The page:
The increasing popularity of surface plasmon resonance (SPR) and surface enhanced Raman scattering (SERS) sensor design based on nanotriangle or nanohole arrays, and the possibility to manufacture substrates at the transition between these plasmonic substrates, makes them ideal candidates for the establishment of structure-property relationships. This work features near diffraction-limited Raman images and finite-difference time-domain (FDTD) simulations of nanotriangle and nanohole array substrates, which clearly demonstrate that the localization of the hot spot on these SERS substrates is significantly influenced by the ratio of diameter/periodicity (D/P). The experimental and simulation data reveal that the hot spots are located around nanotriangles (D/P = 1), characteristic of localized SPR. Decreasing the D/P ratio to 0.75-0.7 led to the creation of nanohole arrays, which promoted the excitation of a propagating surface plasmon (SP) delocalized over the metal network. The optimal SERS intensity was consistently achieved at this transition from nanotriangles to nanoholes, for every periodicity (650 nm to 1.5 μm) and excitation wavelength (633 and 785 nm) investigated, despite the presence or absence of a plasmonic band near the laser excitation. Further decreasing the D/P ratio led to excitation of a localized SP located around the rim of nanohole arrays for D/P of 0.5-0.6, in agreement with previous reports. In addition, this manuscript provides the first evidence that the hot spots are positioned inside the hole for D/P of 0.4, with the center being the region of highest electric field and Raman intensity. The compelling experimental evidence and FDTD simulations offer an overall understanding of the plasmonic properties of nanohole arrays as SERS and SPR sensors, which is of significant value in advancing the diversity of applications from such surfaces. © 2012 American Chemical Society.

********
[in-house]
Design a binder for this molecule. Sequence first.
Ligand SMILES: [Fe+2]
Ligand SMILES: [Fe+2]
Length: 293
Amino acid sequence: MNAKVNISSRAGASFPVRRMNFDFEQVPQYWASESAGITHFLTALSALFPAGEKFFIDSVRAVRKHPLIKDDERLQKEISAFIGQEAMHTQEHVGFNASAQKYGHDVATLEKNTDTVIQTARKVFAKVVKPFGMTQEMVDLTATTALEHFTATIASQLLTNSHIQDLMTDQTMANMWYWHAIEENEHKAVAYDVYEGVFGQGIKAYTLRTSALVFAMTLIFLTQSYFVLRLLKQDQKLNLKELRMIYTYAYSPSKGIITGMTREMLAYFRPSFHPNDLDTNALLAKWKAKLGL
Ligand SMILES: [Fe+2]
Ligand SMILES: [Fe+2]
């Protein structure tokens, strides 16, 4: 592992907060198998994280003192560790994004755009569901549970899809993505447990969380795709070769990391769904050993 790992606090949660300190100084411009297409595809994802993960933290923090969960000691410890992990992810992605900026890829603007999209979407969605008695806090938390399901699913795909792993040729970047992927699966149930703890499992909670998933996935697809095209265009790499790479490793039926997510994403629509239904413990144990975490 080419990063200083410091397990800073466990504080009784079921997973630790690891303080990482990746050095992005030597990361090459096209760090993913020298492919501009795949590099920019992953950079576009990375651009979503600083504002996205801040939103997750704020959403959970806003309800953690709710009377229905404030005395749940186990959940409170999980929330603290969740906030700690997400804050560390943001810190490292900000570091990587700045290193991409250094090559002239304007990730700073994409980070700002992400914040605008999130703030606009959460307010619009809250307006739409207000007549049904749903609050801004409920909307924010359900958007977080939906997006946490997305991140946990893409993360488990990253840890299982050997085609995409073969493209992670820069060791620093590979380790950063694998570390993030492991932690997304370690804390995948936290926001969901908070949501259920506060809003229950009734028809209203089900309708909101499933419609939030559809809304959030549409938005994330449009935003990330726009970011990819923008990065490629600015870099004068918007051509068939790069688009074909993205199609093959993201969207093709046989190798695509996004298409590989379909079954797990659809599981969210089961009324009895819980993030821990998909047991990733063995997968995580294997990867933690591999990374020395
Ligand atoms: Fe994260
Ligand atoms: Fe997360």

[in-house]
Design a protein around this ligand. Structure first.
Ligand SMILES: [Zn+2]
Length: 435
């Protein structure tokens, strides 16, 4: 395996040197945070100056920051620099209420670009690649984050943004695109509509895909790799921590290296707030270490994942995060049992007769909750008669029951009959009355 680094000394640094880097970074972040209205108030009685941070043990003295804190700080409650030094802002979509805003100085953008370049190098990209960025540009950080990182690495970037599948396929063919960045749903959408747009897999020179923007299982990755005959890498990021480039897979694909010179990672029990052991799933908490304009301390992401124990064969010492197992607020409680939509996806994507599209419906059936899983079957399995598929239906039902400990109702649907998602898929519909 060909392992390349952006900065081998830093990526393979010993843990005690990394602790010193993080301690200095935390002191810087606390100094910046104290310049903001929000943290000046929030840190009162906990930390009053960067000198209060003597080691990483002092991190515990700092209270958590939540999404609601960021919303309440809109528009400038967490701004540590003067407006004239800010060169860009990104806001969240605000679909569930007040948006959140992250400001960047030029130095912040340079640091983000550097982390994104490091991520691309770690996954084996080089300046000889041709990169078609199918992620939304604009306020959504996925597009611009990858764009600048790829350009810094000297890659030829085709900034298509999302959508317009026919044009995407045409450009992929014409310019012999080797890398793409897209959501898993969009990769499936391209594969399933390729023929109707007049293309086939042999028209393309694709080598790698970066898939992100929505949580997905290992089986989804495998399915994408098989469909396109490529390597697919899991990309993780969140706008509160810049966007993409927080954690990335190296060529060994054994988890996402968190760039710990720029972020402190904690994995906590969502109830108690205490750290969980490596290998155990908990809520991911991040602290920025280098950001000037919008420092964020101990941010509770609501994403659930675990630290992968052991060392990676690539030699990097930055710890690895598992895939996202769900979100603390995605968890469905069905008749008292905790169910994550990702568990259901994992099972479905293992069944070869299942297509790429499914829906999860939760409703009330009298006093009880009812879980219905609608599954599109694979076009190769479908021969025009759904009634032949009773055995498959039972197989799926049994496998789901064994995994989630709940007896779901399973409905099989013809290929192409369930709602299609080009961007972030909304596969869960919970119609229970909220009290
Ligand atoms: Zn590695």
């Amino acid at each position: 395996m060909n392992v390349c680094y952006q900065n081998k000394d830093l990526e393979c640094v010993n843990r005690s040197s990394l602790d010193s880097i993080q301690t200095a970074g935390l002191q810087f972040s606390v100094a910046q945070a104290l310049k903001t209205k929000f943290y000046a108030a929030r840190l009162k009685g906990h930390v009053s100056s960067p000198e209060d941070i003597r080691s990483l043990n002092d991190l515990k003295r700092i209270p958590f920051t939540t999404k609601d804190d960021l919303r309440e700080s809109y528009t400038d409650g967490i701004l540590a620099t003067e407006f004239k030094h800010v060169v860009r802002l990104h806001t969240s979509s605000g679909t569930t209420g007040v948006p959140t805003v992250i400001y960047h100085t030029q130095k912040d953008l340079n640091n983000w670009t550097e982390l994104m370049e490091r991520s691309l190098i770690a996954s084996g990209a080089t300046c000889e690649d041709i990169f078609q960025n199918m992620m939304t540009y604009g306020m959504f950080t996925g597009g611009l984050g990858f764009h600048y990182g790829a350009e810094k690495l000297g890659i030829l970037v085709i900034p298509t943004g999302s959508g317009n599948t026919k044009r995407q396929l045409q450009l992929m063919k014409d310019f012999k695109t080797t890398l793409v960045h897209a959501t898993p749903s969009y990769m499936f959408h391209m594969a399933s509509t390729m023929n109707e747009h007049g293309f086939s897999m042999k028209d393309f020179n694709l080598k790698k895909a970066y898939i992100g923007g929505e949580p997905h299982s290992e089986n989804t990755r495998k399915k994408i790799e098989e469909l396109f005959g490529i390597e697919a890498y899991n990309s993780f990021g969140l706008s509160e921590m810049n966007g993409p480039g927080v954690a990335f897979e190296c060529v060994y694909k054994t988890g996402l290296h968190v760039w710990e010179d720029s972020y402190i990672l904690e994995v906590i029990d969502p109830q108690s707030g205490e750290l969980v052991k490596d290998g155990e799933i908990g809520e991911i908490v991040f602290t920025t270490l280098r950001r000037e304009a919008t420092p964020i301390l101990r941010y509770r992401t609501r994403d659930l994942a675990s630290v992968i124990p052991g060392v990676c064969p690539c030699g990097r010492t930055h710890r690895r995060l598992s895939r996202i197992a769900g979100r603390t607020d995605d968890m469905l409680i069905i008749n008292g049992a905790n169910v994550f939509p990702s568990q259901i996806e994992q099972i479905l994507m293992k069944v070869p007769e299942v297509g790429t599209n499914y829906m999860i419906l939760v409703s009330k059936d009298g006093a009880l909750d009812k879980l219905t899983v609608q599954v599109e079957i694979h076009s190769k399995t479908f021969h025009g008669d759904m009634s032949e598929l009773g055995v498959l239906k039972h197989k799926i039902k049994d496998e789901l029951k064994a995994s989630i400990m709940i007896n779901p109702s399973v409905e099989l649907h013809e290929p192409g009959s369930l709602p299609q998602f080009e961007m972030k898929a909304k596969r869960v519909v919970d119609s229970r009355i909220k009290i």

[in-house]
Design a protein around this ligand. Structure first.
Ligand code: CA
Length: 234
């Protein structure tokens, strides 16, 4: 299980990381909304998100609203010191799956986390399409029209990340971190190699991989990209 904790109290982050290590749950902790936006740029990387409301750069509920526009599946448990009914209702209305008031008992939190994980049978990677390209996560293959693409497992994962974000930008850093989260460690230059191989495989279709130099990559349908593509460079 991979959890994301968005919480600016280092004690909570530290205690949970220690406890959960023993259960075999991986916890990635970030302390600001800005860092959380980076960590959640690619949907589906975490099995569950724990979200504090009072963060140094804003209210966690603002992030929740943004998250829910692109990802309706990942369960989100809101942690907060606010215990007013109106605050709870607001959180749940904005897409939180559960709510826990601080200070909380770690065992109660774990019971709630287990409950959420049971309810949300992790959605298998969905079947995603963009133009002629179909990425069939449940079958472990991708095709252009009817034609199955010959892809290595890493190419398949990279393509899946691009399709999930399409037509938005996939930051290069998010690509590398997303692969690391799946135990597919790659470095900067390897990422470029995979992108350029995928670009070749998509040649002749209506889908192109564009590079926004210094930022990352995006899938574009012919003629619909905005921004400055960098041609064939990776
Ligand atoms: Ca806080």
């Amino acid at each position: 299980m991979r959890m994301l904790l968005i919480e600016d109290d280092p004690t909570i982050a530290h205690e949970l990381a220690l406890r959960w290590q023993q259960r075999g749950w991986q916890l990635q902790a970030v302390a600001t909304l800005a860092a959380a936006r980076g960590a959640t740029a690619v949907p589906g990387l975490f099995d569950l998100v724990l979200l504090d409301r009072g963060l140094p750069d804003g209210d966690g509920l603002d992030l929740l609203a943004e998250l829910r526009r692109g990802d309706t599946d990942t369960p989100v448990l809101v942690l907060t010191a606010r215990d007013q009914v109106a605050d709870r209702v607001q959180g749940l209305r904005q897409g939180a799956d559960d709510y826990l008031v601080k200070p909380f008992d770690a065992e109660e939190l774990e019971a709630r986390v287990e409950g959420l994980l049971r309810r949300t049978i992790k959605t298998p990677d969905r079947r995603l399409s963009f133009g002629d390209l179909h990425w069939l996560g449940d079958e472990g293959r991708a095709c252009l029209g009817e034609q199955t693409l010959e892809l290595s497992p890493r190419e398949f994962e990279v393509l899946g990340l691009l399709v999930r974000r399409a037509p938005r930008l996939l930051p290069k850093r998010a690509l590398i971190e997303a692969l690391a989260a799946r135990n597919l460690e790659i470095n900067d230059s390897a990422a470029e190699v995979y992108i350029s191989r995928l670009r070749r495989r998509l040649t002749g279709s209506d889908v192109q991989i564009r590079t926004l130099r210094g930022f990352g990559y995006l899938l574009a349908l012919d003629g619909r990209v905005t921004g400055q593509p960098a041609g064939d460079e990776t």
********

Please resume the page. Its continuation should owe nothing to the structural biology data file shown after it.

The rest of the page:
Vo-Dinh T.,Fitzpatrick Institute for Photonics | Vo-Dinh T.,Duke University | Liu Y.,Fitzpatrick Institute for Photonics | Liu Y.,Duke University | And 14 more authors.
Wiley Interdisciplinary Reviews: Nanomedicine and Nanobiotechnology | Year: 2015

This article provides an overview of recent developments and applications of surface-enhanced Raman scattering (SERS) nanosensors and nanoreporters in our laboratory for use in biochemical monitoring, medical diagnostics, and therapy. The design and fabrication of different types of plasmonics-active nanostructures are discussed. The SERS nanosensors can be used in various applications including pH sensing, protein detection, and gene diagnostics. For DNA detection the 'Molecular Sentinel' nanoprobe can be used as a homogenous bioassay in solution or on a chip platform. Gold nanostars provide an excellent multi-modality theranostic platform, combining Raman and SERS with two-photon luminescence (TPL) imaging as well as photodynamic therapy (PDT), and photothermal therapy (PTT). Plasmonics-enhanced and optically modulated delivery of nanostars into brain tumor in live animals was demonstrated; photothermal treatment of tumor vasculature may induce inflammasome activation, thus increasing the permeability of the blood brain-tumor barrier. The imaging method using TPL of gold nanostars provides an unprecedented spatial selectivity for enhanced targeted nanostar delivery to cortical tumor tissue. A quintuple-modality nanoreporter based on gold nanostars for SERS, TPL, magnetic resonance imaging (MRI), computed tomography (CT), and PTT has recently been developed. The possibility of combining spectral selectivity and high sensitivity of the SERS process with the inherent molecular specificity of bioreceptor-based nanoprobes provides a unique multiplex and selective diagnostic modality. Several examples of optical detection using SERS in combination with other detection and treatment modalities are discussed to illustrate the usefulness and potential of SERS nanosensors and nanoreporters for medical applications. © 2014 Wiley Periodicals, Inc.